After much consideration, and with my upcoming studies in mind (or at least that’s how I justified it to the accountant part of my brain), I bought a telescope earlier this week and it was delivered yesterday. I spent a few evenings considering my main options – refractor, Newtonian, Maksutov, Schmidt-Cassegrain, or Dobsonian-mount Newtonian – and speaking with various people, I whittled the choices down to either Sky-Watcher’s Explorer 130P or Skymax 127 (both with SupaTrak motorised mount). While there are undoubtedly better telescopes on there in this aperture range (the number refers to aperture in mm), this shortlist came about due to reviews given, price, and availability. Both have received excellent reviews, and they’re readily available.
The Explorer is a Newtonian, so is considered fine for general astronomical observation due to its aperture and field of view, and the Skymax is a Maksutov, so is considered ideal for up-close examination of objects. As I understand it, the reasons for the distinction are based upon:
- Size of the primary mirror. The Newtonian is 130mm and the Maksutov is 127mm, so both roughly 5″.
- Amount of light reaching the primary mirror. The Maksutov has quite a large secondary mirror and corrector plate (meniscus lens) which together reduce the amount of incoming light more than the Newtonian’s relatively small secondary mirror.
- Focal length of the telescope. The Newtonian is 650mm and the Maksutov is 1,500mm, due to the way the mirrors fold the incoming light to the eyepiece.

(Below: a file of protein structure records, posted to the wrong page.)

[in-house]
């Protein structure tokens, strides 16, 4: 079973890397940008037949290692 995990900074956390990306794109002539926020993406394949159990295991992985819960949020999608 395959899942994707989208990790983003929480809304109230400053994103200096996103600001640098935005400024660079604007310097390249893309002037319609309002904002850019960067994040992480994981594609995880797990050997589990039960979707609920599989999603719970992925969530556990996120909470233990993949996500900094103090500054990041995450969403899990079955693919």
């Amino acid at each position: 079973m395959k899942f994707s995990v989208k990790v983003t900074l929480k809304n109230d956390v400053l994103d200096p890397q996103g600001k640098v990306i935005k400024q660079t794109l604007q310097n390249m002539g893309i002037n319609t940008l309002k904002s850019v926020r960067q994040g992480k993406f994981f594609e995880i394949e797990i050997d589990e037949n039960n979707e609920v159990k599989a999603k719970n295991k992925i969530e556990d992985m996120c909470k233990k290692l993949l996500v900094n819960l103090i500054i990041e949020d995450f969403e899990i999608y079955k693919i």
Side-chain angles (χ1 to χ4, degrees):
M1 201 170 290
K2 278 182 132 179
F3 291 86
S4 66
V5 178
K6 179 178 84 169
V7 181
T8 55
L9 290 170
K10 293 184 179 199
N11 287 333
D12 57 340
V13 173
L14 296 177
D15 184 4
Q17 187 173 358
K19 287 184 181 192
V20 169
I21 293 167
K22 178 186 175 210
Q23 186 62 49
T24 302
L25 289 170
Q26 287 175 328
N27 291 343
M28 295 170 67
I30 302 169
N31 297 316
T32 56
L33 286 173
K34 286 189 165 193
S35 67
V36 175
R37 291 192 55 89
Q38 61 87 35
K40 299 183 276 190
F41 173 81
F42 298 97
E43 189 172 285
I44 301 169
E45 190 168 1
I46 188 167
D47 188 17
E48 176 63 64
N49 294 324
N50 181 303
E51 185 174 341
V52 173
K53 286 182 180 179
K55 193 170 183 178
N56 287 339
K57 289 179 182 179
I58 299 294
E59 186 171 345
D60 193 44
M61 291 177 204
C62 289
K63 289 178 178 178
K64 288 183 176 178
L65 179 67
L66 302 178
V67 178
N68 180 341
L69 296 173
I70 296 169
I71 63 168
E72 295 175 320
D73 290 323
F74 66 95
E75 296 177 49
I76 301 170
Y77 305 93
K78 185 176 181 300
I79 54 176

- Focal ratio (focal length divided by mirror size) will be familiar to all photographers as f-stop (to control depth of field). The Newtonian is f/5 and the Maksutov is f/11.8. The higher the focal ratio, the narrow the field of view.
A Newtonian has a wide FOV that allows it to naturally see a wide area of the sky, meaning it can fit a large nebula or a planet quite easily, but will need additional magnification to look closer; whereas a Maksutov has naturally high power but a narrow FOV, meaning it might not be able to view all of the largest nebulae at once, but is superb at picking out detail on what it can see. However, after discussing the matter with a number of amateur astronomers, it seems that at this level (aperture and price), the distinction is really not an issue.So… I bought the Skymax 127 (pictured).
I think I’ve got all that right. If not, please let me know.
It’s probably worth saying at this point that I’ve made enquiries with my local astronomical society, and plan to go along to their next meeting with a view to joining. With a topic like astronomy, you really can’t beat being part of a skilled community, learning from them and participating in their activities (including dark sky site nights/weekends).